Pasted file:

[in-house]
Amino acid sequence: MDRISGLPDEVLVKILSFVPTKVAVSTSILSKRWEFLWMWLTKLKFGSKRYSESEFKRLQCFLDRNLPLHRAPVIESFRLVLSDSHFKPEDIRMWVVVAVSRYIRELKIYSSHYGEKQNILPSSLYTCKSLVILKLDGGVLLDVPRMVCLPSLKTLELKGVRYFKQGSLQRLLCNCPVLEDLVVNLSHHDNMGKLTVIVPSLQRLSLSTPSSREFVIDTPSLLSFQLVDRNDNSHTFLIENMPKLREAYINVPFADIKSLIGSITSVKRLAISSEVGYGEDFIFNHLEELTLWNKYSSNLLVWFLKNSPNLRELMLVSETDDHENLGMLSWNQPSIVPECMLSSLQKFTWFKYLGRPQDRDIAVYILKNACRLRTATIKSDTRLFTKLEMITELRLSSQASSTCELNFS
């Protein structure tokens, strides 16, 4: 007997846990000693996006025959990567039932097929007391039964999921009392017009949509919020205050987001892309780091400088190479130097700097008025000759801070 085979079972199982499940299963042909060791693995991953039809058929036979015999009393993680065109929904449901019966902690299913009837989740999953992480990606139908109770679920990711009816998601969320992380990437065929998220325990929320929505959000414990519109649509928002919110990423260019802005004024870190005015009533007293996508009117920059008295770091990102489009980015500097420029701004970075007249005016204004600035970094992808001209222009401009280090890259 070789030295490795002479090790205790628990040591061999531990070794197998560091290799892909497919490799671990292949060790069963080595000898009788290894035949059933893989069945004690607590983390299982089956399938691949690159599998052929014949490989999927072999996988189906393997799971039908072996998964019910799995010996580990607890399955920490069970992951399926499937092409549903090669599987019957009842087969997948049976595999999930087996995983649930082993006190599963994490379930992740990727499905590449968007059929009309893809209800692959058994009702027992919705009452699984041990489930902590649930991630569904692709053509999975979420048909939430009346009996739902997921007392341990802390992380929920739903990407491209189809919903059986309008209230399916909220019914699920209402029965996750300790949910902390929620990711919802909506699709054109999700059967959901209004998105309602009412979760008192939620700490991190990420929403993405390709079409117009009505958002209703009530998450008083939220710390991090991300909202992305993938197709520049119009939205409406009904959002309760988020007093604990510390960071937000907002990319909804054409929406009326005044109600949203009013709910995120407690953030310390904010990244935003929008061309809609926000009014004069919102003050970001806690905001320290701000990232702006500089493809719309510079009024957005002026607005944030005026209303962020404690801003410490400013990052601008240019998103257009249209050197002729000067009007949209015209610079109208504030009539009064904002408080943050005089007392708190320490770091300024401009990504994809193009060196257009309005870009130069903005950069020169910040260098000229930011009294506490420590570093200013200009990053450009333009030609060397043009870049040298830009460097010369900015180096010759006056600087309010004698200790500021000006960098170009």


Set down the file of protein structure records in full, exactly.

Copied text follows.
[in-house]
Amino acid sequence: MDRISGLPDEVLVKILSFVPTKVAVSTSILSKRWEFLWMWLTKLKFGSKRYSESEFKRLQCFLDRNLPLHRAPVIESFRLVLSDSHFKPEDIRMWVVVAVSRYIRELKIYSSHYGEKQNILPSSLYTCKSLVILKLDGGVLLDVPRMVCLPSLKTLELKGVRYFKQGSLQRLLCNCPVLEDLVVNLSHHDNMGKLTVIVPSLQRLSLSTPSSREFVIDTPSLLSFQLVDRNDNSHTFLIENMPKLREAYINVPFADIKSLIGSITSVKRLAISSEVGYGEDFIFNHLEELTLWNKYSSNLLVWFLKNSPNLRELMLVSETDDHENLGMLSWNQPSIVPECMLSSLQKFTWFKYLGRPQDRDIAVYILKNACRLRTATIKSDTRLFTKLEMITELRLSSQASSTCELNFS
């Protein structure tokens, strides 16, 4: 007997846990000693996006025959990567039932097929007391039964999921009392017009949509919020205050987001892309780091400088190479130097700097008025000759801070 085979079972199982499940299963042909060791693995991953039809058929036979015999009393993680065109929904449901019966902690299913009837989740999953992480990606139908109770679920990711009816998601969320992380990437065929998220325990929320929505959000414990519109649509928002919110990423260019802005004024870190005015009533007293996508009117920059008295770091990102489009980015500097420029701004970075007249005016204004600035970094992808001209222009401009280090890259 070789030295490795002479090790205790628990040591061999531990070794197998560091290799892909497919490799671990292949060790069963080595000898009788290894035949059933893989069945004690607590983390299982089956399938691949690159599998052929014949490989999927072999996988189906393997799971039908072996998964019910799995010996580990607890399955920490069970992951399926499937092409549903090669599987019957009842087969997948049976595999999930087996995983649930082993006190599963994490379930992740990727499905590449968007059929009309893809209800692959058994009702027992919705009452699984041990489930902590649930991630569904692709053509999975979420048909939430009346009996739902997921007392341990802390992380929920739903990407491209189809919903059986309008209230399916909220019914699920209402029965996750300790949910902390929620990711919802909506699709054109999700059967959901209004998105309602009412979760008192939620700490991190990420929403993405390709079409117009009505958002209703009530998450008083939220710390991090991300909202992305993938197709520049119009939205409406009904959002309760988020007093604990510390960071937000907002990319909804054409929406009326005044109600949203009013709910995120407690953030310390904010990244935003929008061309809609926000009014004069919102003050970001806690905001320290701000990232702006500089493809719309510079009024957005002026607005944030005026209303962020404690801003410490400013990052601008240019998103257009249209050197002729000067009007949209015209610079109208504030009539009064904002408080943050005089007392708190320490770091300024401009990504994809193009060196257009309005870009130069903005950069020169910040260098000229930011009294506490420590570093200013200009990053450009333009030609060397043009870049040298830009460097010369900015180096010759006056600087309010004698200790500021000006960098170009």